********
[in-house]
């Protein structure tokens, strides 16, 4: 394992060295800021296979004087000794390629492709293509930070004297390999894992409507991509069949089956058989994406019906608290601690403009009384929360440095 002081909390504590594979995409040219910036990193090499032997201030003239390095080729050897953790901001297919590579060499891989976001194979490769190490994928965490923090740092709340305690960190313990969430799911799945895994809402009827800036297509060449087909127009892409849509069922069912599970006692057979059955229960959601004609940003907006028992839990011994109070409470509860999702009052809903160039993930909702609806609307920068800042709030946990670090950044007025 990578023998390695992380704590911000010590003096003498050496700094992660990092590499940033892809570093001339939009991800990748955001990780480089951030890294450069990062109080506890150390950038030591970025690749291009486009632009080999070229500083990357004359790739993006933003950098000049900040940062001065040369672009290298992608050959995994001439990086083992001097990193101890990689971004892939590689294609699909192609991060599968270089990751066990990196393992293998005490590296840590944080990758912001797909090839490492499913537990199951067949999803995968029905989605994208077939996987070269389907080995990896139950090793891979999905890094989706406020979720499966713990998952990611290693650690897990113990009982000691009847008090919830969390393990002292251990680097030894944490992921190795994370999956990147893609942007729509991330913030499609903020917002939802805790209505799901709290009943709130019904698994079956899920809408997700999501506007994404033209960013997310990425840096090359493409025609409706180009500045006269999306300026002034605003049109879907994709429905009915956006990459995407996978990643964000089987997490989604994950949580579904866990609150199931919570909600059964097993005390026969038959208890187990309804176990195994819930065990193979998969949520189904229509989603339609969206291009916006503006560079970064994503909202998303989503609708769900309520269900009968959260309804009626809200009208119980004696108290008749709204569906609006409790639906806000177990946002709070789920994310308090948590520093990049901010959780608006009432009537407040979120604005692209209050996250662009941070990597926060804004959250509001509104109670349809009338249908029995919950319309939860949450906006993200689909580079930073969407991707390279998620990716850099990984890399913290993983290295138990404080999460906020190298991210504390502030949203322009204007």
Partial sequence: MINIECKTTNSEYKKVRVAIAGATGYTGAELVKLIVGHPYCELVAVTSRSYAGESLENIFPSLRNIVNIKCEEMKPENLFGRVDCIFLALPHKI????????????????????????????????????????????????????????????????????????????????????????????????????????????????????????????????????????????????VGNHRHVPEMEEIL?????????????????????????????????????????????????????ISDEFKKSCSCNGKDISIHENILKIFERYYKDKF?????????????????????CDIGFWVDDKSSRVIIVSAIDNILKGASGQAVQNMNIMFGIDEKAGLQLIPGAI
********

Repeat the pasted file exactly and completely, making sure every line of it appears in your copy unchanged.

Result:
[in-house]
């Protein structure tokens, strides 16, 4: 394992060295800021296979004087000794390629492709293509930070004297390999894992409507991509069949089956058989994406019906608290601690403009009384929360440095 002081909390504590594979995409040219910036990193090499032997201030003239390095080729050897953790901001297919590579060499891989976001194979490769190490994928965490923090740092709340305690960190313990969430799911799945895994809402009827800036297509060449087909127009892409849509069922069912599970006692057979059955229960959601004609940003907006028992839990011994109070409470509860999702009052809903160039993930909702609806609307920068800042709030946990670090950044007025 990578023998390695992380704590911000010590003096003498050496700094992660990092590499940033892809570093001339939009991800990748955001990780480089951030890294450069990062109080506890150390950038030591970025690749291009486009632009080999070229500083990357004359790739993006933003950098000049900040940062001065040369672009290298992608050959995994001439990086083992001097990193101890990689971004892939590689294609699909192609991060599968270089990751066990990196393992293998005490590296840590944080990758912001797909090839490492499913537990199951067949999803995968029905989605994208077939996987070269389907080995990896139950090793891979999905890094989706406020979720499966713990998952990611290693650690897990113990009982000691009847008090919830969390393990002292251990680097030894944490992921190795994370999956990147893609942007729509991330913030499609903020917002939802805790209505799901709290009943709130019904698994079956899920809408997700999501506007994404033209960013997310990425840096090359493409025609409706180009500045006269999306300026002034605003049109879907994709429905009915956006990459995407996978990643964000089987997490989604994950949580579904866990609150199931919570909600059964097993005390026969038959208890187990309804176990195994819930065990193979998969949520189904229509989603339609969206291009916006503006560079970064994503909202998303989503609708769900309520269900009968959260309804009626809200009208119980004696108290008749709204569906609006409790639906806000177990946002709070789920994310308090948590520093990049901010959780608006009432009537407040979120604005692209209050996250662009941070990597926060804004959250509001509104109670349809009338249908029995919950319309939860949450906006993200689909580079930073969407991707390279998620990716850099990984890399913290993983290295138990404080999460906020190298991210504390502030949203322009204007």
Partial sequence: MINIECKTTNSEYKKVRVAIAGATGYTGAELVKLIVGHPYCELVAVTSRSYAGESLENIFPSLRNIVNIKCEEMKPENLFGRVDCIFLALPHKI????????????????????????????????????????????????????????????????????????????????????????????????????????????????????????????????????????????????VGNHRHVPEMEEIL?????????????????????????????????????????????????????ISDEFKKSCSCNGKDISIHENILKIFERYYKDKF?????????????????????CDIGFWVDDKSSRVIIVSAIDNILKGASGQAVQNMNIMFGIDEKAGLQLIPGAI